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23 Self-insured health plans have long been subject to nondiscrimination rules prohibiting them from favoring highly compensated individuals. Those rules are set forth in Code § 105(h). The consequence of a self-insured plan failing to meet those requirements is that reimbursements are included into income of the highly compensated individuals. These provisions do not apply to the grandfather rules. 23

24 Potential Areas of Concern in Testing : Different medical benefit for owners and executives. Shorter waiting period for owners and executives. Larger employer contributions for owners and executives. Different medical benefit for salaried employees. Offering medical benefit options to all employees, but only the highly compensated employees choosing to be covered by the most expensive medical plan. 24

25 The $2,500 limit on annual salary reduction contributions to health FSAs offered under cafeteria plans, effective for taxable years beginning after December 31, 2012. All health FSAs offered under cafeteria plans must comply. The limit does not apply to Dependent Care FSAs, HRAs or HSAs. 25

26 The $2,500 amount is indexed for inflation for taxable years beginning after December 31, 2013. For purposes of the limit, the term taxable year refers to the taxable year of the employee participating in the health FSA. In most cases, this will be the calendar year. The $2,500 limit is effectively a calendar-year limitation that applies beginning January 1, 2013. By its terms, the $2,500 limit applies to health FSA salary reduction contributions and not to other employer contributions. 26

27 The employee portion of the hospital insurance tax part of FICA, currently amounting to 1.45% of covered wages, is increased by 0.9% on wages that exceed a threshold amount for tax years beginning after 12/31/2012. The additional tax is imposed on the combined wages of both the taxpayer and the taxpayers spouse, in the case of a joint return. The threshold amount is $250,000 in the case of a joint return or surviving spouse, $125,000 in the case of a married individual filing a separate return, and $200,000 in any other case. 27

28 So, in 2013, a single individual with wages of $230,000 will owe HI tax at a rate of 1.45% on the first $200,000 of wages, and HI tax at a rate of 2.35% on the remaining $30,000 of wages for the year. Employers will be responsible for collecting and remitting the additional tax on wages that exceed $200,000. An individual will be responsible for the additional tax if the amount withheld from his or her your wages is insufficient. The employer portion of the HI tax remains unchanged (at 1.45%). If an individual is self-employed, the additional 0.9% tax applies to self-employment income that exceeds the dollar amounts above (reduced, though, by any wages subject to FICA tax). If self-employed, an individual won't be able to deduct any portion of the additional tax. 28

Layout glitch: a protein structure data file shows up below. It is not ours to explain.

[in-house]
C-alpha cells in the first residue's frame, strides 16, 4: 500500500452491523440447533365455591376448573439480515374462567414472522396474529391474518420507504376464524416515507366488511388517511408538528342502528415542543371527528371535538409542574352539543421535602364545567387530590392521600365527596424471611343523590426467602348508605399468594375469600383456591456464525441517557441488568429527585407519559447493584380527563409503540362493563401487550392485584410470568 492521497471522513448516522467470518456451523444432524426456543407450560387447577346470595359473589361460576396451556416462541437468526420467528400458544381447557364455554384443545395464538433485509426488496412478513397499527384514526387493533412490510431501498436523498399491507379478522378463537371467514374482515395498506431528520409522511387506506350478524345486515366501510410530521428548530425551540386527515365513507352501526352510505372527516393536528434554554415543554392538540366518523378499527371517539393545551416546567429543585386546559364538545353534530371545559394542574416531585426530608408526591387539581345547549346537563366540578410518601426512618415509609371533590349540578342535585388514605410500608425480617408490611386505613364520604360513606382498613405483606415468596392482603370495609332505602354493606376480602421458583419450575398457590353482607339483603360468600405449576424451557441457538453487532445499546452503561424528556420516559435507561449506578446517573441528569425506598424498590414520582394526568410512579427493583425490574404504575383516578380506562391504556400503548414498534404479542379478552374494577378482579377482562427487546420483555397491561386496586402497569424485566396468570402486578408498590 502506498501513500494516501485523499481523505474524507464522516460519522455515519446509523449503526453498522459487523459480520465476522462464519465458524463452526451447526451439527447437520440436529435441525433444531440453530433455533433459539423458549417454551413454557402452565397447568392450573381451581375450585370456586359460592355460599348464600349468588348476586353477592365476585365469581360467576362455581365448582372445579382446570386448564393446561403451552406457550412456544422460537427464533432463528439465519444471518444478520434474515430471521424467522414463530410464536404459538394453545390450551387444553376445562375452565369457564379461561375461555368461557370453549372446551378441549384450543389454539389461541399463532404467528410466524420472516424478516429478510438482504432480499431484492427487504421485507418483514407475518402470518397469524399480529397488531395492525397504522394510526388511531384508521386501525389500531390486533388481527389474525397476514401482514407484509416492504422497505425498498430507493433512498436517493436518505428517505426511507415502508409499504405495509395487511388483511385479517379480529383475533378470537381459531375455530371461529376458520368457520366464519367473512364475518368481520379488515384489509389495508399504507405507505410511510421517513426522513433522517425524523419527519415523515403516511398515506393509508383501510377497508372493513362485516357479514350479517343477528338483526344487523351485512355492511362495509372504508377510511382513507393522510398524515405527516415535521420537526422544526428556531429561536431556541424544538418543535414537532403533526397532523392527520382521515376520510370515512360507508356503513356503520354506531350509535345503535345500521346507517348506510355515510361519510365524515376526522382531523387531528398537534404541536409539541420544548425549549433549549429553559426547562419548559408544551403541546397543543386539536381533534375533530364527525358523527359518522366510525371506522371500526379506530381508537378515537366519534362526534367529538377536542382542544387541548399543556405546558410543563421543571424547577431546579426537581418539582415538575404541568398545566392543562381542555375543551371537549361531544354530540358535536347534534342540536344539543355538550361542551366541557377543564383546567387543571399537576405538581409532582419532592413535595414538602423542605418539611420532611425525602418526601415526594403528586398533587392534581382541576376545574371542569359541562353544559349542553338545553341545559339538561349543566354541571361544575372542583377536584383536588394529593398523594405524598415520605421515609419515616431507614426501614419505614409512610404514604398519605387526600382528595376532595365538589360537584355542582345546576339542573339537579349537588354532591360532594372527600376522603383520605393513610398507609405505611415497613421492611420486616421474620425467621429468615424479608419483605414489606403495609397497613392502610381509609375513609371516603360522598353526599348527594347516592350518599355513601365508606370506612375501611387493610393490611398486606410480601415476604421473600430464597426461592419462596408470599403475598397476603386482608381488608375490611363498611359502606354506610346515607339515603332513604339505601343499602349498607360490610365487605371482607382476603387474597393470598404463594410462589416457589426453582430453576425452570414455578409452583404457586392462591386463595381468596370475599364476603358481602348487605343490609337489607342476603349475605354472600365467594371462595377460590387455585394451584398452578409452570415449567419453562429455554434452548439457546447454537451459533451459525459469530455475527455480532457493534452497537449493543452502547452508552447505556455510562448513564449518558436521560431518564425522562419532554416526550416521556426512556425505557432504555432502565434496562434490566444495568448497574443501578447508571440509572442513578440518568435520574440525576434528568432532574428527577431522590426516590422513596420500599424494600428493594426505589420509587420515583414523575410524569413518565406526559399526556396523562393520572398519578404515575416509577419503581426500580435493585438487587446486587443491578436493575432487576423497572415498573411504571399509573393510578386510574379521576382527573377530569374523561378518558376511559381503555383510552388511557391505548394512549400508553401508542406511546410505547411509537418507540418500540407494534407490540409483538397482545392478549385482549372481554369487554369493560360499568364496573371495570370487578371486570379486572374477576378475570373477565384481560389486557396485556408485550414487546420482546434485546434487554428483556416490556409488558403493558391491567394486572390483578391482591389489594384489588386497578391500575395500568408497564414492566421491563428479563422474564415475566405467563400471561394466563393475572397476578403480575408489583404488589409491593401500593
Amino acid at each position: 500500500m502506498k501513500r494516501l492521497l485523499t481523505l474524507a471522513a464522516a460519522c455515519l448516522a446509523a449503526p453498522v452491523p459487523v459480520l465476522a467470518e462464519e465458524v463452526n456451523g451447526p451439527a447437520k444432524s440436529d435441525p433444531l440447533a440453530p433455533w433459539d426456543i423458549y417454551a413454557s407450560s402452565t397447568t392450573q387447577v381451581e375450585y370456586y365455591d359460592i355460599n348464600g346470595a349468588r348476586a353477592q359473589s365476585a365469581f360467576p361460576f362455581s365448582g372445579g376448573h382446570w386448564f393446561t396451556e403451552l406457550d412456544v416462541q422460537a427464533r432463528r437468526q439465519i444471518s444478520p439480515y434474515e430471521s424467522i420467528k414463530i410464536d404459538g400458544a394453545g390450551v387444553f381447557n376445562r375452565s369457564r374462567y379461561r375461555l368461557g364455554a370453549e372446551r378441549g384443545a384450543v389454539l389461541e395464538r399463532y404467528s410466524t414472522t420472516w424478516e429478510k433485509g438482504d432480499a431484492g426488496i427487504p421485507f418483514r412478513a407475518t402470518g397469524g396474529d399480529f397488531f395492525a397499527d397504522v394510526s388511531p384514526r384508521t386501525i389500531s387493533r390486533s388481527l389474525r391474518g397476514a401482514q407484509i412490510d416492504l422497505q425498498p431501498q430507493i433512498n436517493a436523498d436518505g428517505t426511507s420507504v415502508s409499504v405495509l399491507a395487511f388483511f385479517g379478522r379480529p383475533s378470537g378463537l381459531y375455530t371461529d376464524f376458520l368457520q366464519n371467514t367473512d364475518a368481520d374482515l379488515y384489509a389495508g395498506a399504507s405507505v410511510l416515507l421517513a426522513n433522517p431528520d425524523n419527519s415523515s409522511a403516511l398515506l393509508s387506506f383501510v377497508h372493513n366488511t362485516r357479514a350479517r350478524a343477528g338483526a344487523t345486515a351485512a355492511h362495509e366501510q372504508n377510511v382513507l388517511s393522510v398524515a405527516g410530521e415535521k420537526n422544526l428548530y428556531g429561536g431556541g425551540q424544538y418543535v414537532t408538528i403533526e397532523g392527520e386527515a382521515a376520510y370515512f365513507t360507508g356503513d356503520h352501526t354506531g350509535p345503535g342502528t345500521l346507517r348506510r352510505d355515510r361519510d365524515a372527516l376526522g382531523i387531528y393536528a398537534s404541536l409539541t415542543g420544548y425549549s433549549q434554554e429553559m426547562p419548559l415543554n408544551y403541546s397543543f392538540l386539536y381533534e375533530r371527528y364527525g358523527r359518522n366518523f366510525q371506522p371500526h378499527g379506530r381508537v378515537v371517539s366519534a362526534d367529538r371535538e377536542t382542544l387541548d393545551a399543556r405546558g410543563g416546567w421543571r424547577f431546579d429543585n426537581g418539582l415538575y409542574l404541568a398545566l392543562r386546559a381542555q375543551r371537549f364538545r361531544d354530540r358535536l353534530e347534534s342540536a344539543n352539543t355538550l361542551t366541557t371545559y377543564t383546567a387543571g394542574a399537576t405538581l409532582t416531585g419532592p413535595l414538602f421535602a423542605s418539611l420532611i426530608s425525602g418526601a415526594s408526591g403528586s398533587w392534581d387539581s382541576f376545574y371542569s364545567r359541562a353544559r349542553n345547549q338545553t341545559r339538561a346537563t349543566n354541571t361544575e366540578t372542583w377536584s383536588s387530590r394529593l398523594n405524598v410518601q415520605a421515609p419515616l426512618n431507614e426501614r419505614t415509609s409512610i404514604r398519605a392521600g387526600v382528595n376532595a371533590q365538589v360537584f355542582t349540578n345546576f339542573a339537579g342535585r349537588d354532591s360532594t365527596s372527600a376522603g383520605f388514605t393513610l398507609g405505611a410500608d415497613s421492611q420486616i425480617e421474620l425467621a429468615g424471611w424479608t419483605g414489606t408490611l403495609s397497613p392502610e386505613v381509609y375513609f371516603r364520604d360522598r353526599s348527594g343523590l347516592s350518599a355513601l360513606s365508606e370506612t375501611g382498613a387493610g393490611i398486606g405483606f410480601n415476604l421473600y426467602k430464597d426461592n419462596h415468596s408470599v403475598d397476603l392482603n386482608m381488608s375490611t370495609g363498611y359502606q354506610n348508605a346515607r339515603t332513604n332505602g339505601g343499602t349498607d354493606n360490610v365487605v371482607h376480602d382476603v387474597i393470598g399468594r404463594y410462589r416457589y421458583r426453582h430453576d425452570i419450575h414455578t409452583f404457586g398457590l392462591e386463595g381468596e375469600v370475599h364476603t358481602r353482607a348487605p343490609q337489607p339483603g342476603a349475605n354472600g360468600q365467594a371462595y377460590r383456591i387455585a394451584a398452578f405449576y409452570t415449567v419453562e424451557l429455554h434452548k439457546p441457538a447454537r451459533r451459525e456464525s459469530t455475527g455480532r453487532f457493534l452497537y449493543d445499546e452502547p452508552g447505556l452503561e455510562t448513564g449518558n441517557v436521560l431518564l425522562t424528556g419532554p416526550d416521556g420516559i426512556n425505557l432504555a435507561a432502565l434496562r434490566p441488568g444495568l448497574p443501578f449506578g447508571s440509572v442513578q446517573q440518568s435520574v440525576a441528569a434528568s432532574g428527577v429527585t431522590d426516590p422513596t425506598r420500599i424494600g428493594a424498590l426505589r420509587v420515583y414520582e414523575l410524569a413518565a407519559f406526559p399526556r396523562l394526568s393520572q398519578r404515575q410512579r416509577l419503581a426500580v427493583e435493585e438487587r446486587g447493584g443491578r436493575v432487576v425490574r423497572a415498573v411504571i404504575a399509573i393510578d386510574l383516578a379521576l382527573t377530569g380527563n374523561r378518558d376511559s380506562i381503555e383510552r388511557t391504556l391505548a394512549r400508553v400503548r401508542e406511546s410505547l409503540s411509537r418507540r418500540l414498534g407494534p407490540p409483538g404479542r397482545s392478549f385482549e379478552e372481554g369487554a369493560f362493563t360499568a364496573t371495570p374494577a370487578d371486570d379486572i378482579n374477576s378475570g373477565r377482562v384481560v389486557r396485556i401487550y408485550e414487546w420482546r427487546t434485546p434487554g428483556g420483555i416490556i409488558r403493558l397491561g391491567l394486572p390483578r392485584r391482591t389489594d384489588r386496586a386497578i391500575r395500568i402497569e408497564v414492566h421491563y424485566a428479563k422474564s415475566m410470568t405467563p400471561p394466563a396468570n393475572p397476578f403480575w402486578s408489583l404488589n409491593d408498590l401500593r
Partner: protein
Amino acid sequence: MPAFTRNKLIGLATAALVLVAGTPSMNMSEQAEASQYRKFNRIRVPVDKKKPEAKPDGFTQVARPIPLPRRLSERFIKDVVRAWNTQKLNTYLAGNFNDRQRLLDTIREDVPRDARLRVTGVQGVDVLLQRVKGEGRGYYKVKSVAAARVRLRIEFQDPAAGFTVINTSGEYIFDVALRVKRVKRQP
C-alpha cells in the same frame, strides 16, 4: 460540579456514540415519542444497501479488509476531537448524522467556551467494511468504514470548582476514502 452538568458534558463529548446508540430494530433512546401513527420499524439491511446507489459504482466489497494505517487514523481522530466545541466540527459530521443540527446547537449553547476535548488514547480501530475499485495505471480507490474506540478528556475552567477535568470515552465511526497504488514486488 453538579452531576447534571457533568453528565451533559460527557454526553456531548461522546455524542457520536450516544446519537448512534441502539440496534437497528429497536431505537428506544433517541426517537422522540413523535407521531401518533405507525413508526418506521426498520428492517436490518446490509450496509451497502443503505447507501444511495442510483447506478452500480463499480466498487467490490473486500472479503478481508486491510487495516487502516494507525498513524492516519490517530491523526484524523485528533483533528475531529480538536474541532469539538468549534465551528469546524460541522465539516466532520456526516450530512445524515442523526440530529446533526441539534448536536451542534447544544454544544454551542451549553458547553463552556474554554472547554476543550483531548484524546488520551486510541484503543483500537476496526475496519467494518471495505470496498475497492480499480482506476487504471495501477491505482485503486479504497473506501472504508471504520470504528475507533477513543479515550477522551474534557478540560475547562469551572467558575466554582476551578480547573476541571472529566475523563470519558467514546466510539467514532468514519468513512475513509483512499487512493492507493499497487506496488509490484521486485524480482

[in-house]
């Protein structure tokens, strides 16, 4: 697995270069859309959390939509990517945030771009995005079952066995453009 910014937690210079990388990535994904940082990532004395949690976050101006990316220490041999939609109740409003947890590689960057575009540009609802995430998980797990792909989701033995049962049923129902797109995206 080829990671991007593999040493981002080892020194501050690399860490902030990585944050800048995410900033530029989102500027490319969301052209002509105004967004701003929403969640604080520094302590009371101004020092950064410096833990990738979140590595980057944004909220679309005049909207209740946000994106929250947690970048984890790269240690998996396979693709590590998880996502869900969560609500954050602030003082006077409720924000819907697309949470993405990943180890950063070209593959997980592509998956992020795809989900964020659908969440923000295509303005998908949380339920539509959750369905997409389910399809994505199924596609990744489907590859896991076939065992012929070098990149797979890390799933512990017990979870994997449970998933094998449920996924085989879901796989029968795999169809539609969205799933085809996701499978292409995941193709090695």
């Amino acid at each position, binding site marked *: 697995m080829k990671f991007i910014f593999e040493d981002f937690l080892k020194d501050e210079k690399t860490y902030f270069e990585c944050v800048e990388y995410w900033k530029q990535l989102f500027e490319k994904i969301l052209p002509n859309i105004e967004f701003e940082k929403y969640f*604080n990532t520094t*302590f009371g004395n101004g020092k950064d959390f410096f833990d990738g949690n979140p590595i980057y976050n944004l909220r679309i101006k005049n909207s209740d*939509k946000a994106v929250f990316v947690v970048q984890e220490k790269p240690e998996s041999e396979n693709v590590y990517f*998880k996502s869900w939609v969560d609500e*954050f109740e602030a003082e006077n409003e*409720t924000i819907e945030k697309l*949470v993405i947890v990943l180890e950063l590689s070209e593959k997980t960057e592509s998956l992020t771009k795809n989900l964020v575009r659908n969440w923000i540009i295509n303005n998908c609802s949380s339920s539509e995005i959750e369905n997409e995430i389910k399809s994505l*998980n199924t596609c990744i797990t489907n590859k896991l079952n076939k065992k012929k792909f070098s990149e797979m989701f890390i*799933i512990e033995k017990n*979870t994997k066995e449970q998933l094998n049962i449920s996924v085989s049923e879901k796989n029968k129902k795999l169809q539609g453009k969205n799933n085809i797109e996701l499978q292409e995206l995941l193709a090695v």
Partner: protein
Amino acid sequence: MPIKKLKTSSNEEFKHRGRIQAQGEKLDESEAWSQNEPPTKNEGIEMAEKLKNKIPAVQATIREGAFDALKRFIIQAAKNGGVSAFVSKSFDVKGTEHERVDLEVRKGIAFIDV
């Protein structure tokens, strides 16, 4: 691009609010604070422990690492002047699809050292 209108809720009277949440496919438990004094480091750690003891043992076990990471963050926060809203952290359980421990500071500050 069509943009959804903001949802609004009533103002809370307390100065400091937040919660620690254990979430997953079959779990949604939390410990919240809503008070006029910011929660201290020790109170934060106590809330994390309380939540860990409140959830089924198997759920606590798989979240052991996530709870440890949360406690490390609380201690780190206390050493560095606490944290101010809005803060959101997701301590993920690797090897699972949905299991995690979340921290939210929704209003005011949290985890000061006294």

29 The new tax is equal to 3.8% of the lesser of: Net investment income (generally, net income from interest, dividends, annuities, royalties and rents, and capital gains, as well as income from a business that is considered a passive activity or a business that trades financial instruments or commodities), or Modified adjusted gross income (basically, your adjusted gross income increased by any foreign earned income exclusion) that exceeds $200,000 ($250,000 if married filing a joint federal income tax return, $125,000 if married filing a separate return). 29

30 An individual is only subject to the additional 3.8% tax if his or her adjusted gross income exceeds the dollar thresholds Interest on tax-exempt bonds, veterans' benefits, and excluded gain from the sale of a principal residence that are excluded from gross income are not considered net investment income for purposes of the additional tax. Qualified retirement plan and IRA distributions are also not considered investment income. 30

31 Employers are currently receive a federal subsidy for providing retiree prescription drug coverage In 2013, employers will no longer be able to take a deduction for those retiree drug expenses with respect to that subsidy. The amount by which an employers tax liability will increase depends on the total amount of the subsidy and the employers applicable corporate tax rate, which currently ranges from 15% for income below $50,000 to 35% for income over $10 million. 31

32 The threshold for deducting medical expenses as an itemized deduction is raised to amounts greater than 10% of AGI. Individuals over age 65 can continue to deduct medical expenses in excess of 7.5% of AGI through 2016. 32

33 Employers are required provide all new hires and current employees with a written notice about the health benefit Exchange and some of the consequences if an employee decides to purchase a qualified health plan through the Exchange in lieu of employer-sponsored coverage. This disclosure requirement is generally effective for employers in a state beginning on March 1, 2013. Employees hired on or after the effective date must be provided the Notice of Exchange at the time of hiring. Employees employed on the effective date must be provided the Notice of Exchange no later than the effective date (i.e., no later than March 1, 2013). 33

34 With this notice, employees must be informed of the following: The existence of an Exchange, given a description of the services provided by the Exchange, and told how to contact the Exchange to request assistance. They may be eligible for a premium tax credit or a cost-sharing reduction (under PPACA § 1402) through the Exchange if the employer plans share of the total cost of benefits under the plan is less than 60%. If they purchase a qualified health plan through the Exchange, then they may lose any employer contribution toward the cost of employer-provided coverage; and all or a portion of employer contributions to employer-provided coverage may be excludable for federal income tax purposes. 34